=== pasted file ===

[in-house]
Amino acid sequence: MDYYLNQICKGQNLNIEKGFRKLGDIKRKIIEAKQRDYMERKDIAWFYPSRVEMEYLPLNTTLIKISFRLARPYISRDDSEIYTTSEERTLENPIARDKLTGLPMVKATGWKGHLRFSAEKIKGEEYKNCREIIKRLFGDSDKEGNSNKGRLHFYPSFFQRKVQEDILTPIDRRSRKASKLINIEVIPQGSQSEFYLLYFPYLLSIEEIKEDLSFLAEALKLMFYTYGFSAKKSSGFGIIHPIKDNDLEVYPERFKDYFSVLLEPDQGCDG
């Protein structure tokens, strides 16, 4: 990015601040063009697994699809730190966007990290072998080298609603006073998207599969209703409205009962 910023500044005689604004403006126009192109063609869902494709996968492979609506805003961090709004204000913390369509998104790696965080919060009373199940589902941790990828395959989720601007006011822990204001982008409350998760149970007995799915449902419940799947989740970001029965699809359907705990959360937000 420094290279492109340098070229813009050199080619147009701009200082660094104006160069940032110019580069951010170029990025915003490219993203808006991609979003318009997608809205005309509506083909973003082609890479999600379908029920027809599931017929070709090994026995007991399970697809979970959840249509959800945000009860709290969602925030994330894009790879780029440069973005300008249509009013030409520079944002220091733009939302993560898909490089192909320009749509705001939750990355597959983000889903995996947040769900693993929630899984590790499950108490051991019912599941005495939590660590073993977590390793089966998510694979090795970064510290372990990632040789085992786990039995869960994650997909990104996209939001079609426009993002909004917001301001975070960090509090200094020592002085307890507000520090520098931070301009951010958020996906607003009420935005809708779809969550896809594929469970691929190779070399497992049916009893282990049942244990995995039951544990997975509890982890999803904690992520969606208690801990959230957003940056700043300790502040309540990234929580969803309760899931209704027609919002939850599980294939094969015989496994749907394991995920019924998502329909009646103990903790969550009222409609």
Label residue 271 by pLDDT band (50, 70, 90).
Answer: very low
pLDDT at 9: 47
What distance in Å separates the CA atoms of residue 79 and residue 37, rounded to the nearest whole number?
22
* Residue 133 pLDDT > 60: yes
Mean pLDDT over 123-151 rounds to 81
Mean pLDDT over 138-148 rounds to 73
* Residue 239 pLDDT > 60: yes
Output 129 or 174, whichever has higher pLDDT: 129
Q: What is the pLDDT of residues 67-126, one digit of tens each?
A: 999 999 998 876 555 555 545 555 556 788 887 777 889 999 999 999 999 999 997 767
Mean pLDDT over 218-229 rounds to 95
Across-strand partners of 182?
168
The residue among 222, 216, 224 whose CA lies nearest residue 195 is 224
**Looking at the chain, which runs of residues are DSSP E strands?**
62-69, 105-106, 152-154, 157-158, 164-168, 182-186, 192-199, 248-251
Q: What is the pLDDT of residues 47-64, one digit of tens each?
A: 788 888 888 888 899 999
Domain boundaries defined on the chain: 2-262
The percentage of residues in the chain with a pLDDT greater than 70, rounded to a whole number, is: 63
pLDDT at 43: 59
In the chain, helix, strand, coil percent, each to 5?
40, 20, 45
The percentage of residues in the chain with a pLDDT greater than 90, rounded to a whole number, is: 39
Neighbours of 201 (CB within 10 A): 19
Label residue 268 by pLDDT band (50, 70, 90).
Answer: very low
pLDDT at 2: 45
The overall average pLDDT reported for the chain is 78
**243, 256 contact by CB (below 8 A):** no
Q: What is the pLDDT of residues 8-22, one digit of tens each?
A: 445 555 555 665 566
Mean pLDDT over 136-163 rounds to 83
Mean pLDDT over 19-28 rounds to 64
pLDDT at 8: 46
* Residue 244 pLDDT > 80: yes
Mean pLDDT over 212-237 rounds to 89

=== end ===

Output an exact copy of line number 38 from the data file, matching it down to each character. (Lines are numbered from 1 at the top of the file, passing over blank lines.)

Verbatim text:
Mean pLDDT over 136-163 rounds to 83